Up Next, Back in Business!

Up next we look at how Gamut Trading, one of the original distributors of imported Kubota equipment, discovered and used a legal loophole to revive its importation business with… interesting results.


We last left off with Gamut Trading heading back to Apple Valley California in an effort to comply with the cease and desist order as a result of losing a trademark infringement case brought by Kubota. Part of the cease and desist order’s conditions were that existing Kubota equipment on the lots of the distribution network had to be 1) exported out of the country 2) parted out or 3) sold for scrap metal.


It was about this time, pondering these three alternatives for the equipment they had paid for, that Gamut realized that the trademark case only covered the Kubota name, not ZEN-NOH that they had seen all over the hoods and grille of ZEN-NOH branded Kubotas they had imported. This made them realize that they might be able to import and distribute ZEN-NOH equipment instead! A loophole around the court orders!


Back in Business

What a break! Ronald DePue and his brother Darrel were Chairman of the Board and CFO of Gamut Trading at the time. They performed a check at the United States Trademark Office and found that the trademark ZEN-NOH was available. The name was previously registered and owned in the United States by ZEN-NOH of Japan themselves. In 1988 in a weird twist of fate, ZEN-NOH failed to renew the trademark name leaving it available for adoption by Gamut Trading!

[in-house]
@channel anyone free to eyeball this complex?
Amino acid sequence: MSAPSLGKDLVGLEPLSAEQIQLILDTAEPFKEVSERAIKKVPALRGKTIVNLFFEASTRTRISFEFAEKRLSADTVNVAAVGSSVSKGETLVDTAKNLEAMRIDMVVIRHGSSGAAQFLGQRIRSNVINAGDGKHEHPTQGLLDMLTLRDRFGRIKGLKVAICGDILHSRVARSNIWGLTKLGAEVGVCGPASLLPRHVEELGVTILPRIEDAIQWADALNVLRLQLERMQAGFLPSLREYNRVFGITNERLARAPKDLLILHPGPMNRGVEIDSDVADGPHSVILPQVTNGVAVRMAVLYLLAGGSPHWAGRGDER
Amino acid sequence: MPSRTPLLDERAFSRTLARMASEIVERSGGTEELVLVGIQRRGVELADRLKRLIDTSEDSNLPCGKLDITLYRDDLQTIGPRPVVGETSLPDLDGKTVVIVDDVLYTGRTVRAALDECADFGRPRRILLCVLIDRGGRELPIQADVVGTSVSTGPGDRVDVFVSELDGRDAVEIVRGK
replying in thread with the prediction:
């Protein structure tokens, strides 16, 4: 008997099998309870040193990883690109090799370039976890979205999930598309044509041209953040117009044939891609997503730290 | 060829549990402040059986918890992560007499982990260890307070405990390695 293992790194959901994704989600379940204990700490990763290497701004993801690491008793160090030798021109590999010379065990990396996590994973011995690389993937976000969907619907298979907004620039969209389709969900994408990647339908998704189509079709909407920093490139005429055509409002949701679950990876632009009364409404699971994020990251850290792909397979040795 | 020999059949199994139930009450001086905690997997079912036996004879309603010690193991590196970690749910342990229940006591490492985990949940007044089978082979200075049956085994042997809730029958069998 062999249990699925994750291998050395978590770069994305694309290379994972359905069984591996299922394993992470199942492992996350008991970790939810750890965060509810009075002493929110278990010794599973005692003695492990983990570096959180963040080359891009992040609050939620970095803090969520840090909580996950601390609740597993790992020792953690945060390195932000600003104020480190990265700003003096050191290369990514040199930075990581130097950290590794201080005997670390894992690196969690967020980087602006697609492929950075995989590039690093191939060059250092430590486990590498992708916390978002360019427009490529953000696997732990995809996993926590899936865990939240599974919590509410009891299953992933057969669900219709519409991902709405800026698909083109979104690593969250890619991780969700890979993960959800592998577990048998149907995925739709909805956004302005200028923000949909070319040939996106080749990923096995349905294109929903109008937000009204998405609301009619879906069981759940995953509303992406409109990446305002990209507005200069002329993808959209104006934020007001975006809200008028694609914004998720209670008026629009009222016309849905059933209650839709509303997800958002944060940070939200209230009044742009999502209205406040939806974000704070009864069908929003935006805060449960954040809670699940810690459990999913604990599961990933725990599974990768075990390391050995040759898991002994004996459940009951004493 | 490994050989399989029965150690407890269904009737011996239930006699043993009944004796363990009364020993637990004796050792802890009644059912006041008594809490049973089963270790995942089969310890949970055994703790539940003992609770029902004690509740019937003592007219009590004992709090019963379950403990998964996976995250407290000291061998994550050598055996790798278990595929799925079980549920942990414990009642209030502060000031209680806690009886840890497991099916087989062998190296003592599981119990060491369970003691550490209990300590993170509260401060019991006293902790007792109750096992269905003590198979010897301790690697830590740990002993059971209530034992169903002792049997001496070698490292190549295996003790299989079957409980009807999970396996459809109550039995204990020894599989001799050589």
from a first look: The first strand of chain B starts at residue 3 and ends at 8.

In March 1997 less than three weeks after Kubota’s legal dropped the hammer on them, Gamut Trading bought the ZEN-NOH trademark and name. They became the new owners of the brand for $245. They indicated on their trademark application that they were users of the ZEN-NOH trademark since 1986, long before they had probably even seen a ZEN-NOH tractor.


In a legal move that now sounds strangely familiar – Gamut Trading also registered the name ZEN-NOH with United States Customs and Border Security to prevent any other entity from importing a used tractor from Japan bearing their trademark, ZEN-NOH. Kubota’s lawyers had schooled them in court and they were obviously paying attention to the lessons!


Even as Gamut was proceeding with an appeal against the USITC general exclusion order they had become the registered legal owners of the ZEN-NOH trademark. This would allow them to import all the ZEN-NOH branded tractors they could get their hands on, regardless of whether they were made by Yanmar or Kubota. Plus, as the new owner of the trademark, they could for a fee, sell a licensing agreement to future tractor importers or resellers wanting in on this still emerging market. Brilliant!


Kubota Strikes Back – Again